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Lake Seliger

The original name of the lake, Sereger, means “rugged” in the Finno-Ugric language. The lake consists of 24 broads.

This glacial lake has an area of 260 sq km, including more than 160 islands with a total area of 38 sq km. The lake is 24 m deep at its deepest point.

The first records of Seliger date back to the 12th and 13th centuries. The village of Polnovo has been known since the 12th century as a settlement on the way from the Volga and Novgorod.

The Polnovo Broad located in the Demyansky District is the biggest broad in the area. It covers an area of 2,750 ha and has an average depth of 9 m and a maximum depth of 23 m. The size of the entire basin is 2,275 sq km.

Numerous archaeological sites can be found along the banks of the broad, from an ancient settlement (3rd or 2nd century BC) to burial sites and mounds (9th to 15th centuries AD) on the eastern and western shores.

Lake Velyo

Lake Velyo, the largest lake in the Valdai National Park, lies 40 km northeast of Demyansk. It has three immense river reaches and lots of bays and islets.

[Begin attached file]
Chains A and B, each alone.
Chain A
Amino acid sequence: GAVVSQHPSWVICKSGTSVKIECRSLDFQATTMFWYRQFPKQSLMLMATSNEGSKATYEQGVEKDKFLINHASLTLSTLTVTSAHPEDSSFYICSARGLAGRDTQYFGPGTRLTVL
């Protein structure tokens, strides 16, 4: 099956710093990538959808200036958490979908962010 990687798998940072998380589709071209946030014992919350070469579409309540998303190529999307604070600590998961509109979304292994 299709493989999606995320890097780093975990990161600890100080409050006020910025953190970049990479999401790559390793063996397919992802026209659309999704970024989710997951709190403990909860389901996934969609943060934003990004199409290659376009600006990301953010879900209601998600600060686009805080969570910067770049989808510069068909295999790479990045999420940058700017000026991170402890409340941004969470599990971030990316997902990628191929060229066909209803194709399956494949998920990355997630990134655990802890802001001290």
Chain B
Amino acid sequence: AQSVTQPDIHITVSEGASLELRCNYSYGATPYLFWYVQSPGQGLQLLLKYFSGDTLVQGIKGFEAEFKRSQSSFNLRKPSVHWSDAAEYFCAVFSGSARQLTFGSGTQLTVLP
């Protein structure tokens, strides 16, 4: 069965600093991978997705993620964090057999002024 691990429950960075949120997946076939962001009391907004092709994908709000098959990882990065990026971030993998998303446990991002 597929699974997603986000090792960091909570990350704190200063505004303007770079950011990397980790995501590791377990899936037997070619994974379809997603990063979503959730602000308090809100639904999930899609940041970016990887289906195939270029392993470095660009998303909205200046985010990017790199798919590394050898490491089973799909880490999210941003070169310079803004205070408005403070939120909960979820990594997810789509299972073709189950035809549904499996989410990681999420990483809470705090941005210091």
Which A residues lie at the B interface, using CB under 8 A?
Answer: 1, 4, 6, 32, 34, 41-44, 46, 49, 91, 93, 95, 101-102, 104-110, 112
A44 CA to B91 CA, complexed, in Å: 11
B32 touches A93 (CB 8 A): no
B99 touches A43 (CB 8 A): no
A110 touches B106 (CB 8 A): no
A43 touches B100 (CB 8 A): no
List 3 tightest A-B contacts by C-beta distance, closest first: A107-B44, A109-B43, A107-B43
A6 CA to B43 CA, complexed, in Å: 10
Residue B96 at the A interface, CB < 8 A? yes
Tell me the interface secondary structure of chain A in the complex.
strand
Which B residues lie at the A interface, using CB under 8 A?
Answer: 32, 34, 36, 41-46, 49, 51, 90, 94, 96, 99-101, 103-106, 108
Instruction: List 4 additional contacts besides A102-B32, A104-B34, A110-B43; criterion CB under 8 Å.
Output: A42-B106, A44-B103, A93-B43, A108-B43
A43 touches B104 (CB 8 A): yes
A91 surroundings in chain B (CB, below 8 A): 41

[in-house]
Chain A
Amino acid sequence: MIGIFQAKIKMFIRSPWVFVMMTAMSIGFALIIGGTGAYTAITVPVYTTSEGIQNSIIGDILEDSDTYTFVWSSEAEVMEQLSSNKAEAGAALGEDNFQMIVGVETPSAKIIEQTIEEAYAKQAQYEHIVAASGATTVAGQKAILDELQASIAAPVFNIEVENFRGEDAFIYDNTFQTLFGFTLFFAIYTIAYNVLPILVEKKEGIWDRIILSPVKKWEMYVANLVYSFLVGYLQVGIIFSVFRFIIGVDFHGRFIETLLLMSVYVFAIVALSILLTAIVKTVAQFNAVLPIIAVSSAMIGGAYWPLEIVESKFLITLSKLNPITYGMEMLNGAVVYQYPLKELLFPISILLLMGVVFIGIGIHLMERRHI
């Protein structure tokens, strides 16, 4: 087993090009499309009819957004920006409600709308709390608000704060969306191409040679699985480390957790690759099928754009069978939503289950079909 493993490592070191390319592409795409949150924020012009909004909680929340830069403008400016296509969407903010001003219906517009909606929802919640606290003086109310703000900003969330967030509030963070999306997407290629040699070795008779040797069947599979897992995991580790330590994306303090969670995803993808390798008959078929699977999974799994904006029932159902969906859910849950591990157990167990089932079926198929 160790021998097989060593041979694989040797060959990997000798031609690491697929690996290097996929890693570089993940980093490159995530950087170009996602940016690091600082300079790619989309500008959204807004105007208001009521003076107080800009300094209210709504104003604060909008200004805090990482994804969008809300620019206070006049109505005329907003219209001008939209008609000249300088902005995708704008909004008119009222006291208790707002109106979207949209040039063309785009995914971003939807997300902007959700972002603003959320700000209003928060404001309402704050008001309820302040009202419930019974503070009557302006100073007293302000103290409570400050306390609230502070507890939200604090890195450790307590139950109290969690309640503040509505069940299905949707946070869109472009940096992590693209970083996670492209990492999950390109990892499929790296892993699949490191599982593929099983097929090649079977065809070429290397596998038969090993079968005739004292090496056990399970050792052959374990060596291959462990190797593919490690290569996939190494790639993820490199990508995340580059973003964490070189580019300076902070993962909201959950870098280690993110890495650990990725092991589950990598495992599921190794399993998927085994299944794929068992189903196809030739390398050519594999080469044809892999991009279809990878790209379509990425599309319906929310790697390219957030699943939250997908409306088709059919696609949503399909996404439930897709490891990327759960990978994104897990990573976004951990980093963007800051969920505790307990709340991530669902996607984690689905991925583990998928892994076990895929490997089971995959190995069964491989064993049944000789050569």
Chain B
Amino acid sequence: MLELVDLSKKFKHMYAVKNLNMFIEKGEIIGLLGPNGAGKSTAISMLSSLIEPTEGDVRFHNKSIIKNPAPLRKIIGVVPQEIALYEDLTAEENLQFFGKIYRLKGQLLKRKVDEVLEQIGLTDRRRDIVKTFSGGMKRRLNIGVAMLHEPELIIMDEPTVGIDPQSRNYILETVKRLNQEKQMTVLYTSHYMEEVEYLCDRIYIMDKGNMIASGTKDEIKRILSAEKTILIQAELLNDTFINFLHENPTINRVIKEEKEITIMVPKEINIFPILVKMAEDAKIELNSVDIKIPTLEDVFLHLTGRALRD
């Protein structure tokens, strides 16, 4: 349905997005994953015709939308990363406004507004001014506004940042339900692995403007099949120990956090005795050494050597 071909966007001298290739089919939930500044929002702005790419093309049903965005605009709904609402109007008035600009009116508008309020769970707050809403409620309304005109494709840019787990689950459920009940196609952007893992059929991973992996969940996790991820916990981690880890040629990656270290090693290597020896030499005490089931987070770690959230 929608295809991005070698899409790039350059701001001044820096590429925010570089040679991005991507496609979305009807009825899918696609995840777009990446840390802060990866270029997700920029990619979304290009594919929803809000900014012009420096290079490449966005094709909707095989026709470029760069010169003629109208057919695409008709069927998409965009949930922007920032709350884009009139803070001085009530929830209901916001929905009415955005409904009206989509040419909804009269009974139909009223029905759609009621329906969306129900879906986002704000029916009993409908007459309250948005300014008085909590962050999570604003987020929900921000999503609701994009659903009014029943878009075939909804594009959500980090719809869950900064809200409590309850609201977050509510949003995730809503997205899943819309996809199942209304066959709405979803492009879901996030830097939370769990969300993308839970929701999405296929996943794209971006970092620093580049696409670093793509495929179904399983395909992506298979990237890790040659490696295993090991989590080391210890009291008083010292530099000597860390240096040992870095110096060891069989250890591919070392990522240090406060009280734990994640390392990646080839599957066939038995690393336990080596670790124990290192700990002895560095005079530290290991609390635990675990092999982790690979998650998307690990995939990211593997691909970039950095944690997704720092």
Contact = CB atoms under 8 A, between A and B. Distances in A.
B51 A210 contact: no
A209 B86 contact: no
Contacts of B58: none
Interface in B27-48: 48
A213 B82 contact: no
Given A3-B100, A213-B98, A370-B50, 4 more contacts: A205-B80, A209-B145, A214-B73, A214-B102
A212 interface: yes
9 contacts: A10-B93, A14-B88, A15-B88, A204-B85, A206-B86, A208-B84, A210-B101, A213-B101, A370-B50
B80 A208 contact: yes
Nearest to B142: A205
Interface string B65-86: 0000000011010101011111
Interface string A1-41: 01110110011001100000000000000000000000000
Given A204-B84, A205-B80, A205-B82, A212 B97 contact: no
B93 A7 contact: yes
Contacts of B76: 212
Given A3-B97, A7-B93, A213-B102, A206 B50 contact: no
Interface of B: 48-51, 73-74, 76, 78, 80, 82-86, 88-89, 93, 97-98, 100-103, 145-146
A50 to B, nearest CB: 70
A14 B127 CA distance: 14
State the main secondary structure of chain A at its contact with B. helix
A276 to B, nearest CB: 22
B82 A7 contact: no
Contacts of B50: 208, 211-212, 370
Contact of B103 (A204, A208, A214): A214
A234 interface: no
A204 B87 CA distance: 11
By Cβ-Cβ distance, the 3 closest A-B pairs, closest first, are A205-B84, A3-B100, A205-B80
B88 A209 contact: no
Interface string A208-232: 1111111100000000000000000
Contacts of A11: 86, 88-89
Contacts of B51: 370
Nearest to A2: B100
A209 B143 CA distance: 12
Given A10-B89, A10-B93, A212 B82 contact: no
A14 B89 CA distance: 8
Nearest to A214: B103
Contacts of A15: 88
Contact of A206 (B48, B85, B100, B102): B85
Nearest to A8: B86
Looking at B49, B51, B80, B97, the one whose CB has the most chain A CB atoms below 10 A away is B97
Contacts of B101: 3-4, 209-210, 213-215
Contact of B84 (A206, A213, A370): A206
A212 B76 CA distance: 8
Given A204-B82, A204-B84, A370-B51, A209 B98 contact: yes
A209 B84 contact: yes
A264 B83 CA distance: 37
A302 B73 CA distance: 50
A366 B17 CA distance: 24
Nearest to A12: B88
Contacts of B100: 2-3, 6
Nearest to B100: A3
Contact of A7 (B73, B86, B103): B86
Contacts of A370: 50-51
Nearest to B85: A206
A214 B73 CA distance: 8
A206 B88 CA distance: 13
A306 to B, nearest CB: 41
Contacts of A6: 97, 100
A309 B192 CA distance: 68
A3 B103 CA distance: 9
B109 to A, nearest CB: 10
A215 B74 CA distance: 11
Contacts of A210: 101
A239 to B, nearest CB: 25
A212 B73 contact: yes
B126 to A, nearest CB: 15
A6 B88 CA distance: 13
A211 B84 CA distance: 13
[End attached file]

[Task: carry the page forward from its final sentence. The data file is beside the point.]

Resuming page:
The lake covers about 4.5 ha and is 17 km long from north to south. The average depth of the lake is 9 m, and at the deepest point it reaches 32 m. Velyo is a running-water lake, with four rivers and 11 streams flowing into it. One of them, the Yavon River, flows into the lake in the east and flows out of it in the west.

Velyo gained worldwide prominence when in 1854 local nobleman and prominent ichtyologist Vladimir Vrassky founded Russia’s first fish hatchery in Nikolskoye.

Lake Mosylinskoye

Lake Mosylinskoye is located at the entrance road to Demyansk near Glebovshchina. This lake has crystal clear water and is surrounded by pine forests. Its average depth is 1.5 m and maximum depth 3.5 m. The lake is located on the territory of the town, with convenient access paths and roads.

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